PHOTO : Boeing RB - 47 Stratojet ( U.S.A.F. )

Product image 1PHOTO : Boeing RB - 47 Stratojet ( U.S.A.F. )
Product image 2PHOTO : Boeing RB - 47 Stratojet ( U.S.A.F. )

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RB - 47 Stratojet - 1960 - Used, very good condition
This is a rare and unusual photograph that depicts a Boeing RB - 47 Stratojet flying over Alaska in August 1960.

Characteristics

Special features Slightly folded upper edge, Handwritten notes, Two stamps on the back ( in English and in Italian ) : U.S. AIR FORCE - HQ. STRATEGIC AIR COMMAND and the Italian Editor
Condition Used, very good condition
Date 1960
Languages Italian, English
Size 20.7 x 25.35 cm
Photographer
Unknown

Description

Today, we offer for sale this photograph that depicts a Boeing RB - 47 Stratojet ( U.S.A.F. ). On the back, there are two stamps ( in English and in Italian ) and some handwritten notes in Italian as well. Here are the informations mentioned in the English stamp :

 

U.S. AIR FORCE PHOTO

released by

HQ. STRATEGIC AIR COMMAND

Photo No. A47 - 6

 

According to the handwritten notes ( partially " decyphered " ), the aircraft was, apparently, on a flight over Alaska, in an area including Cape Lisburne Air Force Station ( northwest point of the Lisburne Peninsula on the Chukchi Sea coast ) and Point Barrow ( Nuvuk, the northernmost point of all the territory of the United States ) in August 1960.

 

A little History :

 

The B - 47 arose from an informal 1943 requirement for a jet - powered reconnaissance bomber, drawn up by the United States Army Air Forces ( U.S.A.A.F. ) to prompt manufacturers to start research into jet bombers. Boeing was among several companies to respond to the request ; one of its designs, the Model 424, was basically a scaled - down version of the piston - engined B - 29 Superfortress equipped with four jet engines.

 

In December 1944, North American Aviation, Convair, Boeing and the Glenn Martin Company submitted proposals for the new long-range jet bomber. The U.S.A.A.F. awarded study contracts to all four companies, requiring that North American and Convair concentrate on four - engined designs, while Boeing and Martin were to build six - engined aircraft.

 

In May 1945, the von Kármán Mission of the Army Air Forces inspected the secret German aeronautics laboratory near Braunschweig ( present - day Lower Saxony, Germany ). The team included the Chief of the Technical Staff at Boeing, George S. Schairer ( 1913 - 2004 ). He had heard about the controversial swept - wing theory of Robert T. Jones ( 1910 - 1999 ) at Langley ( Virginia, United States ), but seeing German models of swept - wing aircraft and extensive supersonic wind - tunnel data, the concept was decisively confirmed. Boeing's aeronautical engineers modified the Model 432 with swept wings and tail to produce the Model 448, which was presented to the U.S.A.A.F. in September 1945.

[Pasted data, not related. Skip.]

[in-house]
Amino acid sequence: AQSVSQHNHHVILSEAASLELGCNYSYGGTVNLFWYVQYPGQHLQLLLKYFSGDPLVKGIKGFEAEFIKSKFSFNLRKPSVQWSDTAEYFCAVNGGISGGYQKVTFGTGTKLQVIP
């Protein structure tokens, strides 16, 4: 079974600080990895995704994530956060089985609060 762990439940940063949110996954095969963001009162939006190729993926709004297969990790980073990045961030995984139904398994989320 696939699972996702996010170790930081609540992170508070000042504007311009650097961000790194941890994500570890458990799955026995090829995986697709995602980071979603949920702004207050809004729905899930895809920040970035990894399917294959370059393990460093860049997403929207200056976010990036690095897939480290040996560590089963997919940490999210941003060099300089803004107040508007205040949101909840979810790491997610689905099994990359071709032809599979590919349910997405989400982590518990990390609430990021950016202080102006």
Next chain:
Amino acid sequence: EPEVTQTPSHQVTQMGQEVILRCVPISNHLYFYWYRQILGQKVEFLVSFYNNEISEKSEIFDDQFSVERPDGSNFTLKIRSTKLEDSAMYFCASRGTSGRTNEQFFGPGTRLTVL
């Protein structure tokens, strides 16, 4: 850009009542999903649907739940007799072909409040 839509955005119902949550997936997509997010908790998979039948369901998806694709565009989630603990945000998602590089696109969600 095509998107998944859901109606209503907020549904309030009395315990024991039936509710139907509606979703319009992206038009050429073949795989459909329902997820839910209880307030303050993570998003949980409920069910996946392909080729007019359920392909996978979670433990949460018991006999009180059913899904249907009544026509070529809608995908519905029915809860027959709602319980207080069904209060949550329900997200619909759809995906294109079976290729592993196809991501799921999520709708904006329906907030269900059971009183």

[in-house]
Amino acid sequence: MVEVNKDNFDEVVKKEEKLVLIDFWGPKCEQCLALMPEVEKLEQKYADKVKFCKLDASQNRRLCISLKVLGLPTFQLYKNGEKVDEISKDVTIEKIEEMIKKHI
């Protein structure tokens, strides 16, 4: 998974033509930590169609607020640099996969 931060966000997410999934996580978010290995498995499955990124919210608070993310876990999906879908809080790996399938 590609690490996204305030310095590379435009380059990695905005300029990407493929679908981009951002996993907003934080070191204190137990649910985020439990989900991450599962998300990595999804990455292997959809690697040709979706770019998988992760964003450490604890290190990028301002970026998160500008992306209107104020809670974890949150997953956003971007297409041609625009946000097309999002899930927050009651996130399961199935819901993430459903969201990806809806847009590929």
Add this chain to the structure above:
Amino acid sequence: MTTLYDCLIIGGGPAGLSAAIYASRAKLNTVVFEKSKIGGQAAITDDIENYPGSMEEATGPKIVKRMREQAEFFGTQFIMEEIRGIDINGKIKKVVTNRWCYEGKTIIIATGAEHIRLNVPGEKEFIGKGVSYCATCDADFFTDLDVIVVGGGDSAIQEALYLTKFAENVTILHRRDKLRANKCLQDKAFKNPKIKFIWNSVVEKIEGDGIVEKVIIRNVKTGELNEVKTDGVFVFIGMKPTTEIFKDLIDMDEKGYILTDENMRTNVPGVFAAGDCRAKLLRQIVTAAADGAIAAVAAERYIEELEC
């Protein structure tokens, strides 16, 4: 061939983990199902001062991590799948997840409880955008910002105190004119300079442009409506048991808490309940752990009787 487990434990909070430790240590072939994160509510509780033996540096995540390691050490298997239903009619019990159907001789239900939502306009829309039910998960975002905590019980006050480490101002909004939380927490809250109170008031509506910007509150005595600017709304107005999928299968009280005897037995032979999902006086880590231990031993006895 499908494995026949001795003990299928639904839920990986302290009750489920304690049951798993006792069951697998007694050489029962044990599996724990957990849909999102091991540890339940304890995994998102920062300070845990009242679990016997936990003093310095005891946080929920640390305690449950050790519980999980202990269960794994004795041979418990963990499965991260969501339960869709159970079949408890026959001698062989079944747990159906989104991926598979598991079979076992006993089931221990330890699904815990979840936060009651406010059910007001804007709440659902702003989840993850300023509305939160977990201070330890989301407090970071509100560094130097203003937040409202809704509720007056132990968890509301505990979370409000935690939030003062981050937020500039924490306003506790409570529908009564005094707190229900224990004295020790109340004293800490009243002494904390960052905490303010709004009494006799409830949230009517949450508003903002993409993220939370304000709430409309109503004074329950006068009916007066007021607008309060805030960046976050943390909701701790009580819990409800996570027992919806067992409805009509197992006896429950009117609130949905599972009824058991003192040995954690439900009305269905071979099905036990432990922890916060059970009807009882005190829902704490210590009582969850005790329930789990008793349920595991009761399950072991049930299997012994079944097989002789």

Further modifications led to the Model 450. Pleased with the refined design, in April 1946, the U.S.A.A.F. ordered two prototypes, to be designated " XB - 47 ". Assembly began in June 1947. The first XB - 47 was rolled out on September 12th, 1947. six days before the U.S.A.A.F. became a separate service, the United States Air Force ( U.S.A.F. ).

 

The first XB - 47 prototype ( 46 - 065 ) flew its first flight on December 17th, 1947, with Test Pilots Robert M. " Bob " Robbins ( 1916 - 2005 ) and Edward Scott Osler ( 1918 - 1949 ) at the controls. It lasted 27 minutes, flying from Boeing Field ( Seattle ) to Moses Lake Airfield ( both located in Washington state, United States ). The second XB - 47 ( 46 - 066 ) prototype first flew on July 21st, 1948 and, following its delivery to the U.S.A.F. in December of that year, served as a flying test bed until 1954.

 

The U.S.A.F. Strategic Air Command operated multiple B - 47 models ( B - 47s, EB - 47s, RB - 47s and YRB - 47s ) from 1951 through 1965. The only B - 47s to see anything that resembled combat were the aerial reconnaissance variants. The first overflight of Soviet territory with a B - 47B, fitted with special radar and cameras in the bomb bay, occurred on October 15th, 1952, overflying Soviet airfields in Northeastern Siberia. RB - 47s operated from almost every airfield that gave them access to the U.S.S.R. and routinely probed Soviet airspace.

 

The final recorded flight of a B - 47 was on June 17th, 1986, when a B - 47E was restored to flightworthy condition for a one - time ferry flight. This aircraft was flown from Naval Air Weapons Station China Lake to Castle Air Force Base ( both located in California, United States ) for static display at the Castle Air Museum, where it presently resides.

 

( sources : Wikipedia, www.nationalmuseum.af.mil, www.avweb.com, www.thisdayinaviation.com, thetartanterror.blogspot.com, archives.museumofflight.org )

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